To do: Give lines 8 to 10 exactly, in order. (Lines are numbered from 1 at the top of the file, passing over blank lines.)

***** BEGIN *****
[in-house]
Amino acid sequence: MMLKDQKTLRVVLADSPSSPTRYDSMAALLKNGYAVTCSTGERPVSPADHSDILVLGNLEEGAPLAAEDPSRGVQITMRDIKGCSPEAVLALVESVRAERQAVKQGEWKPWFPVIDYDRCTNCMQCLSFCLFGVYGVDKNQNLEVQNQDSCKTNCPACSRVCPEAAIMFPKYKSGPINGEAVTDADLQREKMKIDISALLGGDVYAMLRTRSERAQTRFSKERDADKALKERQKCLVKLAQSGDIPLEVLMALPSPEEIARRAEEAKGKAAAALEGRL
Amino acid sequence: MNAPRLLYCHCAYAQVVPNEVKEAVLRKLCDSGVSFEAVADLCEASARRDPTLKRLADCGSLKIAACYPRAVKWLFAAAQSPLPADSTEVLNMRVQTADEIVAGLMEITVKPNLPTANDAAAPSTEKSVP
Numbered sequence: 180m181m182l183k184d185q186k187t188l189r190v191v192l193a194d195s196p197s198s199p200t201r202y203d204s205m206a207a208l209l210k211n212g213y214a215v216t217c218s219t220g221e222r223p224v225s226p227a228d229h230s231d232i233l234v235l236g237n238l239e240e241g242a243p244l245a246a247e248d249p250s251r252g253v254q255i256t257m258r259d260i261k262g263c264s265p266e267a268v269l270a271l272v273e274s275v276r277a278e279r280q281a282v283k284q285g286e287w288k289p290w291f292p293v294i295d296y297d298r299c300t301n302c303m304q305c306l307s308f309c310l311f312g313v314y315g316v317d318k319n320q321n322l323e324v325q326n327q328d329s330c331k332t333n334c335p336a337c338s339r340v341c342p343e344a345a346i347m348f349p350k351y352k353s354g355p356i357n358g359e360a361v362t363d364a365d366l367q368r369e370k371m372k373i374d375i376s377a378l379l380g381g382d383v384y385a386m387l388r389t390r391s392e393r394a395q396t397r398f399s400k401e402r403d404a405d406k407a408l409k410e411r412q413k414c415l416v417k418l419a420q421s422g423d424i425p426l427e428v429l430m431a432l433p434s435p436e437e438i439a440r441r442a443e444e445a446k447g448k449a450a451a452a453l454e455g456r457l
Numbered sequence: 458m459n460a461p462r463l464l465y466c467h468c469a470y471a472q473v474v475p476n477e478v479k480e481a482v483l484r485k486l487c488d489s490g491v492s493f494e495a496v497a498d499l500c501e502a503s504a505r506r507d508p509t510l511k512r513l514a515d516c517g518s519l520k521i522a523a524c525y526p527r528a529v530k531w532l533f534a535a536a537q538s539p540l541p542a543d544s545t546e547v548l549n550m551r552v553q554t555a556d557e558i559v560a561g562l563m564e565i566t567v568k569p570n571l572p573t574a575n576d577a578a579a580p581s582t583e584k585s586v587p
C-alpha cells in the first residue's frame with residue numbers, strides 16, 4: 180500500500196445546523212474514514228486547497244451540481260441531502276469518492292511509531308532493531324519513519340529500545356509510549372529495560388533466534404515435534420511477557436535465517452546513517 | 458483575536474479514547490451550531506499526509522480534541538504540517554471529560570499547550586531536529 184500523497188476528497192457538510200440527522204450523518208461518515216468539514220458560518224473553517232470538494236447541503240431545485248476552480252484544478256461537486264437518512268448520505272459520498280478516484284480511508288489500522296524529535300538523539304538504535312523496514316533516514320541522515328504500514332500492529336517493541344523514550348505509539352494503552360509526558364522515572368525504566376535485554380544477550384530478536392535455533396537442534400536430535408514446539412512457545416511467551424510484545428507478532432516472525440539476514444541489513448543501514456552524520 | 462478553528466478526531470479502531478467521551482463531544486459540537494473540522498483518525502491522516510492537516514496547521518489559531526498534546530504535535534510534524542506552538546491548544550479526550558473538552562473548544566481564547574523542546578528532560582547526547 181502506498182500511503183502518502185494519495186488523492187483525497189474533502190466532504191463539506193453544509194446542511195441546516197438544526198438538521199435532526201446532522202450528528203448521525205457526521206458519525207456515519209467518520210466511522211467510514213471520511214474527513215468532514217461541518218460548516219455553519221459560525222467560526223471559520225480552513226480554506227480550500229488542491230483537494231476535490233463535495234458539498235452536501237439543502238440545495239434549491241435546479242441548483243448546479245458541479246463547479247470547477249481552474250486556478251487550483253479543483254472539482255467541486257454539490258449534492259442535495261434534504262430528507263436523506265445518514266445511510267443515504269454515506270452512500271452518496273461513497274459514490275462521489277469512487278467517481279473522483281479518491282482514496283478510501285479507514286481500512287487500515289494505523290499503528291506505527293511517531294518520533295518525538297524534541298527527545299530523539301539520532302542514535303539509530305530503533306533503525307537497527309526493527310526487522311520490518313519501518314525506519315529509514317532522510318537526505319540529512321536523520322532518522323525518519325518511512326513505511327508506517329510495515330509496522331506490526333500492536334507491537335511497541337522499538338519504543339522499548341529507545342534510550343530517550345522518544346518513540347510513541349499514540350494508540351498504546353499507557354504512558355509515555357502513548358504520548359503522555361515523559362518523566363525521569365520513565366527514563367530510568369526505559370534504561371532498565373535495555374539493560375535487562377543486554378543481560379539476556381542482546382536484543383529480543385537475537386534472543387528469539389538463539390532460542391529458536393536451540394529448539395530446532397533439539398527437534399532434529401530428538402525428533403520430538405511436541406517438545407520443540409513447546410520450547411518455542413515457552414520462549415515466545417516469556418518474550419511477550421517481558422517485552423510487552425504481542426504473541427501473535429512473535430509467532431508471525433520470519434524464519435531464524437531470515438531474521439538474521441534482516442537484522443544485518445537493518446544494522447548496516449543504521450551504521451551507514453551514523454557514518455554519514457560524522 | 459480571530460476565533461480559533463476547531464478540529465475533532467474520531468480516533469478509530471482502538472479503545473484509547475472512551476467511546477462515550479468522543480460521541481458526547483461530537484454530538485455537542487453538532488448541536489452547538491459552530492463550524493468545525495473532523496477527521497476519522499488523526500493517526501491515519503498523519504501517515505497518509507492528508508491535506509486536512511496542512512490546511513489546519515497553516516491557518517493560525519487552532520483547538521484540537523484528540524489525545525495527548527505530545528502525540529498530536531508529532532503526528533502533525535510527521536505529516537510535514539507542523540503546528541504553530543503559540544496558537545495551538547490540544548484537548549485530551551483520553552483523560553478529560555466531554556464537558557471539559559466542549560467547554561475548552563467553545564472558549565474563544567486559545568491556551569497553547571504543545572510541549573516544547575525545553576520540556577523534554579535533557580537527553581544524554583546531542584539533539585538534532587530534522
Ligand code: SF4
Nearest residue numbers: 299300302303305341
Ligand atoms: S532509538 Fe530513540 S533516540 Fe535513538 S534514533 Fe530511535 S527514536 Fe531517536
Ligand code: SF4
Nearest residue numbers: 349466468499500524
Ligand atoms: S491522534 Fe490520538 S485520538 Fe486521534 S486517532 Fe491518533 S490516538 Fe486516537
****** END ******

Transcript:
Nearest residue numbers: 299300302303305341
Ligand atoms: S532509538 Fe530513540 S533516540 Fe535513538 S534514533 Fe530511535 S527514536 Fe531517536
Ligand code: SF4